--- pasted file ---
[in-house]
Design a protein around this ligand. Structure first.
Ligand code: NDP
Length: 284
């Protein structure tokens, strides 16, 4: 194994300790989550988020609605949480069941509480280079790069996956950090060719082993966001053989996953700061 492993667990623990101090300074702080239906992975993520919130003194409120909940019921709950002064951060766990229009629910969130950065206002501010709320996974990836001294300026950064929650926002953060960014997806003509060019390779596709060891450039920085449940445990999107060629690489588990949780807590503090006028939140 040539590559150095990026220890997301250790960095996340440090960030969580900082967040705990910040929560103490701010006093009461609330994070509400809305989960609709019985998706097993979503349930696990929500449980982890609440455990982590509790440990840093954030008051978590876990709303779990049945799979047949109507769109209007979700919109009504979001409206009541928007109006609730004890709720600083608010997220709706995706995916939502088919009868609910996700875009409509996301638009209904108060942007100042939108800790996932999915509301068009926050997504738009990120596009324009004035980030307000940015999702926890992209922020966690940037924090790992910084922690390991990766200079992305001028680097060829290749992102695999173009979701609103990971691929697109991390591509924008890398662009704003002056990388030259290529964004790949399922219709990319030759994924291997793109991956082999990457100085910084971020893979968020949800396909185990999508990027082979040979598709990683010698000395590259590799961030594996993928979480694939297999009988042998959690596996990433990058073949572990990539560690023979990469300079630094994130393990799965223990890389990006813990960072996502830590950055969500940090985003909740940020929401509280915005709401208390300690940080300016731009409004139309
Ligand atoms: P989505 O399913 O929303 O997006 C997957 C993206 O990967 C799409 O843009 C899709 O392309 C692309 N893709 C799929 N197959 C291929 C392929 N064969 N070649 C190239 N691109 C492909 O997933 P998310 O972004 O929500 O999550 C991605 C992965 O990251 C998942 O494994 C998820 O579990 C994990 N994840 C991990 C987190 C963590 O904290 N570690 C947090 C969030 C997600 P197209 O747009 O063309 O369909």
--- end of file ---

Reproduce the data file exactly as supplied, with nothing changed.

[in-house]
Design a protein around this ligand. Structure first.
Ligand code: NDP
Length: 284
């Protein structure tokens, strides 16, 4: 194994300790989550988020609605949480069941509480280079790069996956950090060719082993966001053989996953700061 492993667990623990101090300074702080239906992975993520919130003194409120909940019921709950002064951060766990229009629910969130950065206002501010709320996974990836001294300026950064929650926002953060960014997806003509060019390779596709060891450039920085449940445990999107060629690489588990949780807590503090006028939140 040539590559150095990026220890997301250790960095996340440090960030969580900082967040705990910040929560103490701010006093009461609330994070509400809305989960609709019985998706097993979503349930696990929500449980982890609440455990982590509790440990840093954030008051978590876990709303779990049945799979047949109507769109209007979700919109009504979001409206009541928007109006609730004890709720600083608010997220709706995706995916939502088919009868609910996700875009409509996301638009209904108060942007100042939108800790996932999915509301068009926050997504738009990120596009324009004035980030307000940015999702926890992209922020966690940037924090790992910084922690390991990766200079992305001028680097060829290749992102695999173009979701609103990971691929697109991390591509924008890398662009704003002056990388030259290529964004790949399922219709990319030759994924291997793109991956082999990457100085910084971020893979968020949800396909185990999508990027082979040979598709990683010698000395590259590799961030594996993928979480694939297999009988042998959690596996990433990058073949572990990539560690023979990469300079630094994130393990799965223990890389990006813990960072996502830590950055969500940090985003909740940020929401509280915005709401208390300690940080300016731009409004139309
Ligand atoms: P989505 O399913 O929303 O997006 C997957 C993206 O990967 C799409 O843009 C899709 O392309 C692309 N893709 C799929 N197959 C291929 C392929 N064969 N070649 C190239 N691109 C492909 O997933 P998310 O972004 O929500 O999550 C991605 C992965 O990251 C998942 O494994 C998820 O579990 C994990 N994840 C991990 C987190 C963590 O904290 N570690 C947090 C969030 C997600 P197209 O747009 O063309 O369909």